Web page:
Remarkably, none of this is new to Forman, who has been researching combustion physics since the beginning of the Space Age. "We first saw these disruptive burning events in labs and microgravity drop towers more than 40 years ago," he says. "The space station is great because the orbiting lab allows us to study them in great detail."

"Tom Avedisian at Cornell is leading this particular study," Forman says. "We're learning about droplet burning rates, the soot production process, and how soot agglomerates inside the flame."

At the end of Wiseman's video, the soot ignites in a final explosion. That's how the put itself out.

"It was a warp-drive finish," says Wiseman.

Explore further: Space image: Burning

Related Stories

Space image: Burning

May 26, 2011

(PhysOrg.com) -- Because of the absence of gravity, fuels burning in space behave very differently than they do on Earth. In this image, a 3-millimeter diameter droplet of heptane fuel burns in microgravity, producing soot. ...

FLEX-ible insight into flame behavior

November 30, 2011

(PhysOrg.com) -- Whether free-burning or smoldering, uncontrolled fire can threaten life and destroy property. On Earth, a little water, maybe some chemicals, and the fire is smothered.

Space Image: Aflame

June 24, 2011

Fire acts differently in space than on Earth. Sandra Olson, an aerospace engineer at NASA's Glenn Research Center, demonstrates just how differently in her art. This artwork is comprised of multiple overlays of three separate ...

Is it safe to breathe yet?

April 26, 2010

Anyone who has ridden behind a truck belching black exhaust knows the smell and discomfort caused by soot, the airborne carbon particles that result from the incomplete combustion of hydrocarbons such as diesel fuel. Those ...

Recommended for you

Birth of massive black holes in the early universe revealed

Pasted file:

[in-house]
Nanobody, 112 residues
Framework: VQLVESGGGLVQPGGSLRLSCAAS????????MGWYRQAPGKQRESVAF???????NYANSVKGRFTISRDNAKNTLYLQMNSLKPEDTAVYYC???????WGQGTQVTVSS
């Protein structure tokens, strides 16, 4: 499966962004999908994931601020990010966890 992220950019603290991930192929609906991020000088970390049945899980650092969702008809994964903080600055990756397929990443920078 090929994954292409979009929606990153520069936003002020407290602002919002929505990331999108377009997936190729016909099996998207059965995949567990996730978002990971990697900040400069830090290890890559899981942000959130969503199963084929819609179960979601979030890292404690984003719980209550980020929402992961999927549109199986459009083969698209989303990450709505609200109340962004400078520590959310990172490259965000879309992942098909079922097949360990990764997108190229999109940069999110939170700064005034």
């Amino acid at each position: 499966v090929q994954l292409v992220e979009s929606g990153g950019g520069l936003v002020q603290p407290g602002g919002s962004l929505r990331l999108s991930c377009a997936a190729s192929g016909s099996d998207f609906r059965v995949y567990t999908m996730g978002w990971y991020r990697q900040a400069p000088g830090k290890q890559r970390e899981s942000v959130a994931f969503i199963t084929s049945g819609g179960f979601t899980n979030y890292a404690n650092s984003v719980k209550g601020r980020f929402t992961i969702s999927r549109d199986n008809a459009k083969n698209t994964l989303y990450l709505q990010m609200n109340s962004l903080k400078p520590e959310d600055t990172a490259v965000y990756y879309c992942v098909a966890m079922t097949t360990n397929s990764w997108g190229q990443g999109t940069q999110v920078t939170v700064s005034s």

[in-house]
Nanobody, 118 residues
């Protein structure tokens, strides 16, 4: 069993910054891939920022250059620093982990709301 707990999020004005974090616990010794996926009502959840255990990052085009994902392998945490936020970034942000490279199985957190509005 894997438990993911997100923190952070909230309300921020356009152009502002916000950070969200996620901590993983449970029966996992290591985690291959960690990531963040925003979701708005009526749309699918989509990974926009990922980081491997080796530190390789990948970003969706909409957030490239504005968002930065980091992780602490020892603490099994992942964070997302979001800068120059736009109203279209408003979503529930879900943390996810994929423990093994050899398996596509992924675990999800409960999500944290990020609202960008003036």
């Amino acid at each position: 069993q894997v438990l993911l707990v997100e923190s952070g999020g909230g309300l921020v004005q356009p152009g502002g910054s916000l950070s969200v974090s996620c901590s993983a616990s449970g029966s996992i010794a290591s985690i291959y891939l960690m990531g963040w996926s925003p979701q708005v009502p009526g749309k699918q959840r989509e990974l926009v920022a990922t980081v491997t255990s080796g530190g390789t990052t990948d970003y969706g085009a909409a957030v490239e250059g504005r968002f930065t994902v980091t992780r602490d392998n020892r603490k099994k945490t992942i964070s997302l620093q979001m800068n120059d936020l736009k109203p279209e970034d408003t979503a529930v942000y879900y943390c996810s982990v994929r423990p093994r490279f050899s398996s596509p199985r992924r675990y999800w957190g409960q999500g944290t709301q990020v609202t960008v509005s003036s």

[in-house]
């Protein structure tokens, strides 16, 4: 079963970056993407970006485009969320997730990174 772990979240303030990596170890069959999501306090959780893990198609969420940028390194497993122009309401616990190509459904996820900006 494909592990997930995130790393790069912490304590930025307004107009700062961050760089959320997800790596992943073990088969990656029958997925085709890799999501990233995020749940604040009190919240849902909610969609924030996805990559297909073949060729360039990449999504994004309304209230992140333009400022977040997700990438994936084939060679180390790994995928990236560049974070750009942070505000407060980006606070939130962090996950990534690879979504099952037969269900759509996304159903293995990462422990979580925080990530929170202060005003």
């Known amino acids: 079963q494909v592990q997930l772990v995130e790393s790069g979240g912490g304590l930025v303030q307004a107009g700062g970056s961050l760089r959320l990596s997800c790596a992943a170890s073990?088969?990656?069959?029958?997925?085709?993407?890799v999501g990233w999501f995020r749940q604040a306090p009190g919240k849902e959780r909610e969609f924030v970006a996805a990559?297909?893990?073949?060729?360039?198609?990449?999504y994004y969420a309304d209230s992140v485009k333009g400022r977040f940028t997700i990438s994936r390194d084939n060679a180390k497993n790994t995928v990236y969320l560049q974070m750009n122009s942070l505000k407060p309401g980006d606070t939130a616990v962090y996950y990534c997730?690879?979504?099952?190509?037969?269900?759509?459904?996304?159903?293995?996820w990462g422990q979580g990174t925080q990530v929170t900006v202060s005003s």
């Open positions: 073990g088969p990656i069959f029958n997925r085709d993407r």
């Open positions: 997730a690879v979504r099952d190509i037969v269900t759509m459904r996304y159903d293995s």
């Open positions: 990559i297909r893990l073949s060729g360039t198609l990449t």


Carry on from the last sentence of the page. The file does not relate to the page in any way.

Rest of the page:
January 23, 2019

The light released from around the first massive black holes in the universe is so intense that it is able to reach telescopes across the entire expanse of the universe. Incredibly, the light from the most distant black holes ...

Astronomers discover an unusual nuclear transient

January 23, 2019

An international group of astronomers has detected an unusual nuclear transient in the nucleus of a weakly active galaxy. The new transient was identified by the OGLE-IV Transient Detection System and received designation ...

Scientist sheds light on Titan's mysterious atmosphere

January 23, 2019

A new Southwest Research Institute study tackles one of the greatest mysteries about Titan, one of Saturn's moons: the origin of its thick, nitrogen-rich atmosphere. The study posits that one key to Titan's mysterious atmosphere ...

2 comments

Adjust slider to filter visible comments by rank

Display comments: newest first

axemaster
5 / 5 (2) Sep 11, 2014
I love that phrase "Biologists confirm that fire is not alive".
d_robison
not rated yet Sep 15, 2014
I love that phrase "Biologists confirm that fire is not alive".


Haha, that gave me a good laugh to start the day :).

Please sign in to add a comment. Registration is free, and takes less than a minute. Read more

Click here to reset your password.
Sign in to get notified via email when new comments are made.